Digital Music Quality Revisited

Since I love music, I was looking for a way to test my hypothesis about a better music experience. There are two major parameters, the bit depth per sample, and the sampling rate. CD quality music is encoded with 16 bits, and played at 44.1 kHz. Again, I don’t even consider MP3 or AAC encoded music here, with their lossy compression, as well as any other compression degradations and artefacts down the playback chain, such as wireless Bluetooth headphones.

Music Sources and Player

hi-res music player HIFI WALKER H2

I needed to find music that is not compressed (or only losslessly compressed), and mastered at higher sampling rates, such as 96 kHz or more. I’d consider 96 kHz the lower limit to minimise the detrimental impact of the required low pass filter before the sampling stage, as well as for the reconstruction upon playback. There are several on-line sources to purchase these music files, such as A 24 bit 96 kHz album is about one GB of data.

I also needed a player device. As with everything in the realm of “audiophile” music playback, you find devices in price ranges that make you wanna cry. You know, like loudspeaker cables for 100 Euros per metre. Or more. After reading reviews, I settled on a simple player for about 120 Euros, the HIFI WALKER H2 to get started. I may want to get a better player going forward. A 120 Euros player simply cannot have highest quality components.

Of course I use my old-fashioned wired in-ear monitors.


Well, I have never experienced Peter Gabriel’s “Intruder” with more punch, apart from hearing it at live concerts, of course1. The same holds true for other music I have since purchased. As predicted by the Laplace theorem, the biggest difference is when you have sudden changes in amplitude, leading to high slew rates of the signal, which require more frequency bandwidth to be present in the music signal. That is, the higher sampling rate actually does result in better timing precision. I guess I am Laplace compatible.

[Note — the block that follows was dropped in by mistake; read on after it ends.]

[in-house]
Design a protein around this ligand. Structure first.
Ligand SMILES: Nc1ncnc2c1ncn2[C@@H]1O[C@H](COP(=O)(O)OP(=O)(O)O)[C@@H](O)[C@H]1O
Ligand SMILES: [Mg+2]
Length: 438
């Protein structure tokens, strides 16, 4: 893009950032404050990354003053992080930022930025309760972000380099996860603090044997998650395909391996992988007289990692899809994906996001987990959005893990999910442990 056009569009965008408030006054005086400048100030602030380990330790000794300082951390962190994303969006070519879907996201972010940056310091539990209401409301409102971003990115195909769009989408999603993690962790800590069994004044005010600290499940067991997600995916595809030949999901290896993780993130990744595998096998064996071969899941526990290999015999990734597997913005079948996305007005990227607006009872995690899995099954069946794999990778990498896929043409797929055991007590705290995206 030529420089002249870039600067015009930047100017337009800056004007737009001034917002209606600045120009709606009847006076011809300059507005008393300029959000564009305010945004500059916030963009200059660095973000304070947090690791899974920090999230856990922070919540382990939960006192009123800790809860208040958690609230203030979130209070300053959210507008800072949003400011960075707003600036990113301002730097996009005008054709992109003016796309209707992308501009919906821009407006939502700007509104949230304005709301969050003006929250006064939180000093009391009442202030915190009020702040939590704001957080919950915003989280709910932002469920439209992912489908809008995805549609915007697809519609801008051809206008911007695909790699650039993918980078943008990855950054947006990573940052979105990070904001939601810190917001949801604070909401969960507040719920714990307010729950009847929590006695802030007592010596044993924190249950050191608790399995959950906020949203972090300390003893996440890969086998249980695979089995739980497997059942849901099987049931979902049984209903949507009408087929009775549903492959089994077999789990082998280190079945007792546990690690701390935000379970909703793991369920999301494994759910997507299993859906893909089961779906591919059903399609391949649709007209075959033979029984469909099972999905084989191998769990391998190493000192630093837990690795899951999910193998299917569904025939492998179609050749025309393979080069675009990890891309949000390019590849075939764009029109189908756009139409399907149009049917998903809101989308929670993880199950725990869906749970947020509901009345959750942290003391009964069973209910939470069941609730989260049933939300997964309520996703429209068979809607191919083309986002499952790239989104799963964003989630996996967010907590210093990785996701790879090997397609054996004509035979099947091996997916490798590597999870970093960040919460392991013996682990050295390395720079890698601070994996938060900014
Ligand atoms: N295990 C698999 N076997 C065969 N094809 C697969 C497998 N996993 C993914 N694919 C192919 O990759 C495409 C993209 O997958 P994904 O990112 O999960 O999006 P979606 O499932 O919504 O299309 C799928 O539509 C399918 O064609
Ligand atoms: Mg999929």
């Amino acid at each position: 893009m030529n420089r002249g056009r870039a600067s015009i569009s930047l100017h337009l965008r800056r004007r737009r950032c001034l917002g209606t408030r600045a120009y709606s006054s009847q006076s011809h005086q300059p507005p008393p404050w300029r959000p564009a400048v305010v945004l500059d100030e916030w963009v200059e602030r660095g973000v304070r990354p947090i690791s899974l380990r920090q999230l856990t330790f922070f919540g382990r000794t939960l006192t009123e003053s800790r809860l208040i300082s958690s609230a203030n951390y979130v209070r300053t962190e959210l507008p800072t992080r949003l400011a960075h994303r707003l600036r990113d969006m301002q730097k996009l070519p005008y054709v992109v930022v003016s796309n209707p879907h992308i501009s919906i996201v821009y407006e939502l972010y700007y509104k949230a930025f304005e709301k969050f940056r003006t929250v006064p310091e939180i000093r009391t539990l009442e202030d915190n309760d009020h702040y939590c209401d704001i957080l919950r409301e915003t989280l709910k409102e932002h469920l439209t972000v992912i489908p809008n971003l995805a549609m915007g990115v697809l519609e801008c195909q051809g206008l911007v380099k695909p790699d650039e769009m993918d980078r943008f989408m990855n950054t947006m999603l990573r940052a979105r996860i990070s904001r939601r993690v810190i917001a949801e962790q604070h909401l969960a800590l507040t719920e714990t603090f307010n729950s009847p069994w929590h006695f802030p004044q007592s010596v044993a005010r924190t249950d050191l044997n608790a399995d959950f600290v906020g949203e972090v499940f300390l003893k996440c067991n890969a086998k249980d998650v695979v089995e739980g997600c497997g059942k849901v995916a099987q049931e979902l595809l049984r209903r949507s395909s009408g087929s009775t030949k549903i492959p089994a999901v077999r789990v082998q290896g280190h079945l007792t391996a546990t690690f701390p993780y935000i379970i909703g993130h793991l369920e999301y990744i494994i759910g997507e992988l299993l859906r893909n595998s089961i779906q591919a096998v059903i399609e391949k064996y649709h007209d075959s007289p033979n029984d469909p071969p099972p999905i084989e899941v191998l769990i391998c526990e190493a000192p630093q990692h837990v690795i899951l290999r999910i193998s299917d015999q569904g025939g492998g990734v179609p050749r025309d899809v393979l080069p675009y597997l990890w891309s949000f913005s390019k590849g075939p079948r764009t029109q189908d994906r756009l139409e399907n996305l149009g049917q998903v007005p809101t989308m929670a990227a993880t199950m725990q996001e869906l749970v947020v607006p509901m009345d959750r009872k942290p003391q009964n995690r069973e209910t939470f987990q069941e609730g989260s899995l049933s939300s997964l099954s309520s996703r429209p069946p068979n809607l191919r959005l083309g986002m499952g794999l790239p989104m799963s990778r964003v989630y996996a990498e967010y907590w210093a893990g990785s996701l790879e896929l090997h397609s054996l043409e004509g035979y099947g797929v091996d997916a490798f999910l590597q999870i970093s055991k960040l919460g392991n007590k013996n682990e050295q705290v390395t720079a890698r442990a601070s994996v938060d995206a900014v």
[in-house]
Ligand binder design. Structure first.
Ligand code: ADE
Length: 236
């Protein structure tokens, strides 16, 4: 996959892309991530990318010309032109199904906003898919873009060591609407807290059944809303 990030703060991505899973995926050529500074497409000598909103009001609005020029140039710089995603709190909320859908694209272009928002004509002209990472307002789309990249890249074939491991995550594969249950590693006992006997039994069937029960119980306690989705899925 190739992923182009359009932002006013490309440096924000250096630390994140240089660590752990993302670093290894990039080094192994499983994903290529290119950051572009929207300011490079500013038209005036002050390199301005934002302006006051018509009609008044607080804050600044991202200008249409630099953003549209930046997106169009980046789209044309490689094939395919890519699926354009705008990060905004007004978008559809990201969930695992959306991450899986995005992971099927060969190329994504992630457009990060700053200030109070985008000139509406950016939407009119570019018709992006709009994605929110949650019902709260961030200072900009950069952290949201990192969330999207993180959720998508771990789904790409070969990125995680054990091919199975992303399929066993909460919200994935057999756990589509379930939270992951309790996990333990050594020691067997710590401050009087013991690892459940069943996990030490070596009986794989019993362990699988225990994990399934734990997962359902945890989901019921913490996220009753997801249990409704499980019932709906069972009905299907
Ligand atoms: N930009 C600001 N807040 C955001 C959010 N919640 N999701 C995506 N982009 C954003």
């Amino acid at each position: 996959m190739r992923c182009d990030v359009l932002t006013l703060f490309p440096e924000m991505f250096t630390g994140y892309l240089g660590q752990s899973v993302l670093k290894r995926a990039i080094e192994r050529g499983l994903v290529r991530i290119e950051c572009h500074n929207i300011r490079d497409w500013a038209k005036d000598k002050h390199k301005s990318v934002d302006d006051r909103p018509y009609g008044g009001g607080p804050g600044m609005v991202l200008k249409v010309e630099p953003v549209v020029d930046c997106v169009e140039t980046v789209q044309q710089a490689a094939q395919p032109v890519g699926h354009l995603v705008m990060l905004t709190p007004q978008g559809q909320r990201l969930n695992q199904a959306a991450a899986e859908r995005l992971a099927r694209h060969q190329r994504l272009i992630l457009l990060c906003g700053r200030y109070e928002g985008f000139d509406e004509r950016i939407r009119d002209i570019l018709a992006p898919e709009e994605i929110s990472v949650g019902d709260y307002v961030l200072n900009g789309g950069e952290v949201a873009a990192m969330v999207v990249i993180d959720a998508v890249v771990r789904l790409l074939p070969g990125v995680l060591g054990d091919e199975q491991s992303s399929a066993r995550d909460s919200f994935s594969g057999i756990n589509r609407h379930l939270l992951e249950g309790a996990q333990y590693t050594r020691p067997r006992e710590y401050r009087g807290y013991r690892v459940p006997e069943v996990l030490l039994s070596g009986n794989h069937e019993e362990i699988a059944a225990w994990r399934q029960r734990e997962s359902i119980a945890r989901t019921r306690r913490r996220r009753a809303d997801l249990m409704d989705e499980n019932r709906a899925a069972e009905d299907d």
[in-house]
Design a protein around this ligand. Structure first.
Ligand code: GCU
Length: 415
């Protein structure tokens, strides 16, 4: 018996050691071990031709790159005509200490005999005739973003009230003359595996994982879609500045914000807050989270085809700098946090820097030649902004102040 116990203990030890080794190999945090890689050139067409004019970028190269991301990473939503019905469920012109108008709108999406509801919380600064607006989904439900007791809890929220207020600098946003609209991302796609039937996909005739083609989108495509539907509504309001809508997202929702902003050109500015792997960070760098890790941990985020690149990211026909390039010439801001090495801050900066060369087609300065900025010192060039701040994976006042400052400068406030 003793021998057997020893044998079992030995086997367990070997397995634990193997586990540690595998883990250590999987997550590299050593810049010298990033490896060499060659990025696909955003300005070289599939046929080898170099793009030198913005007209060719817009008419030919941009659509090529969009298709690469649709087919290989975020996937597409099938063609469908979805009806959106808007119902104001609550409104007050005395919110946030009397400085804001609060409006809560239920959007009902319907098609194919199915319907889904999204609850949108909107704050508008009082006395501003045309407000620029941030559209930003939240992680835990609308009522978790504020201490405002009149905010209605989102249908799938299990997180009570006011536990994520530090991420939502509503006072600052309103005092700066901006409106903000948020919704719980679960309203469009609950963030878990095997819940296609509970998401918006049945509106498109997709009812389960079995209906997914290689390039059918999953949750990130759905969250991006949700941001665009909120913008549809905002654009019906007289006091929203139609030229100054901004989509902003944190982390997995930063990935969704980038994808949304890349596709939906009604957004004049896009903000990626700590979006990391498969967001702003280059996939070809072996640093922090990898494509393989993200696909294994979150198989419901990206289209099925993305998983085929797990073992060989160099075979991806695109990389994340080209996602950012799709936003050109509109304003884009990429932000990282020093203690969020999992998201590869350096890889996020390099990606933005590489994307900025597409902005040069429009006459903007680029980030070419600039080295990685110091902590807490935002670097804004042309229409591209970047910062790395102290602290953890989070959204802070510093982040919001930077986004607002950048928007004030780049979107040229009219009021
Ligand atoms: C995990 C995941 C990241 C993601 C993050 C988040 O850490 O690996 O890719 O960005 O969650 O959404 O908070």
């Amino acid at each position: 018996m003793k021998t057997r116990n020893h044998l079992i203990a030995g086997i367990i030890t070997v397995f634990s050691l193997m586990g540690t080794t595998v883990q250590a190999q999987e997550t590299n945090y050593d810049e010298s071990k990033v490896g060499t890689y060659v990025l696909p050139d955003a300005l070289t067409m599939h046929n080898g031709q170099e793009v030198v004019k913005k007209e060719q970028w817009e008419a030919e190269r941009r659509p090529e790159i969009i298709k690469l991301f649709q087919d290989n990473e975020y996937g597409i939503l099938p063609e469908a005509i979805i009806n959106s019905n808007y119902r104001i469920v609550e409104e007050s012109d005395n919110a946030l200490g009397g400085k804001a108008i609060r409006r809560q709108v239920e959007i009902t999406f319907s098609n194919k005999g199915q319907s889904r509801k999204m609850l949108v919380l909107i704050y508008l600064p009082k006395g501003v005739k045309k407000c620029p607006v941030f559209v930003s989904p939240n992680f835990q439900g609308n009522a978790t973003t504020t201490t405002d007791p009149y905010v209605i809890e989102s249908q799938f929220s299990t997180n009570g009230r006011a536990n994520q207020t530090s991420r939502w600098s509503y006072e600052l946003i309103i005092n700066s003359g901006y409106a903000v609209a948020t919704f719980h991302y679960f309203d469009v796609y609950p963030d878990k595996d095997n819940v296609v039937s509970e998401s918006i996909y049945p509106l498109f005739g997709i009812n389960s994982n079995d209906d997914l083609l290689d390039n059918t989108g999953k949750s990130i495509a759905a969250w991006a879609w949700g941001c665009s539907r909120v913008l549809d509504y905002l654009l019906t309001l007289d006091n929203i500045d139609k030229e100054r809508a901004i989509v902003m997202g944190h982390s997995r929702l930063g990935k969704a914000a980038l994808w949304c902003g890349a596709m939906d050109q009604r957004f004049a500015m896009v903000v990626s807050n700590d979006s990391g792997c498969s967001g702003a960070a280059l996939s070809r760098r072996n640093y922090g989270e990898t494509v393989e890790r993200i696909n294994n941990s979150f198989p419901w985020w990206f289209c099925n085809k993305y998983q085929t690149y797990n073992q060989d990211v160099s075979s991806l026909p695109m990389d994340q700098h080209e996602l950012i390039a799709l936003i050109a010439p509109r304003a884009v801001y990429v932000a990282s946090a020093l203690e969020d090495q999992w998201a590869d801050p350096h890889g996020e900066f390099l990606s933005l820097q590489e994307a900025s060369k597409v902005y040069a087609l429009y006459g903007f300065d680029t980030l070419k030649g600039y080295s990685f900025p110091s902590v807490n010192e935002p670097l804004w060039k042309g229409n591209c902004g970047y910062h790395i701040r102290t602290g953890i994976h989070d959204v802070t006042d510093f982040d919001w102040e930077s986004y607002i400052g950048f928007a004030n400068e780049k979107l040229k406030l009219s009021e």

There are differences of quality improvement between different albums, maybe due to the source master material that was available to draw the higher sampling rate files from. Unfortunately, this information is not disclosed by the sellers of the music files.2 Also, let’s not forget that just using a different player can change the listening experience due many factors in the playback chain, from digital pre-DAC3 processing (eg. upsampling) to DAC type to anti-aliasing (anti-imaging) low pass filtering in the analogue domain and amplifiers. And the remastering process was most likely different.


I am aware of confirmation bias, or more technically, the predictive processing of our brain with its (proximate) Bayesian inference through generative models, which of course would “turn up” my corresponding priors in favour of these findings. :)

Be it as it may, my experience has been to be blown away by the punch and timing precision when I listened to the music with the new rig and music files. Whatever brings about the experience. Now, of course, my brain’s priors have been updated, and my listening expectations have been spoiled forever. Maybe it’s time to buy one those 1,500+ Euro portable music players to cope with my new addiction. Just kidding.

  1. This is good demo case, thanks to the use of gated reverb on the drums. ↩︎

  2. And be aware, the “hi-res music” websites also sell albums encoded in 16 bits/44.1 kHz quality, which is basically a CD. Or 24 bits/48 kHz. As said, in line with the Laplace theorem, I believe the higher sampling rates, ie. 96 or 192 kHz, are the key. ↩︎

  3. Digital to analogue converter. ↩︎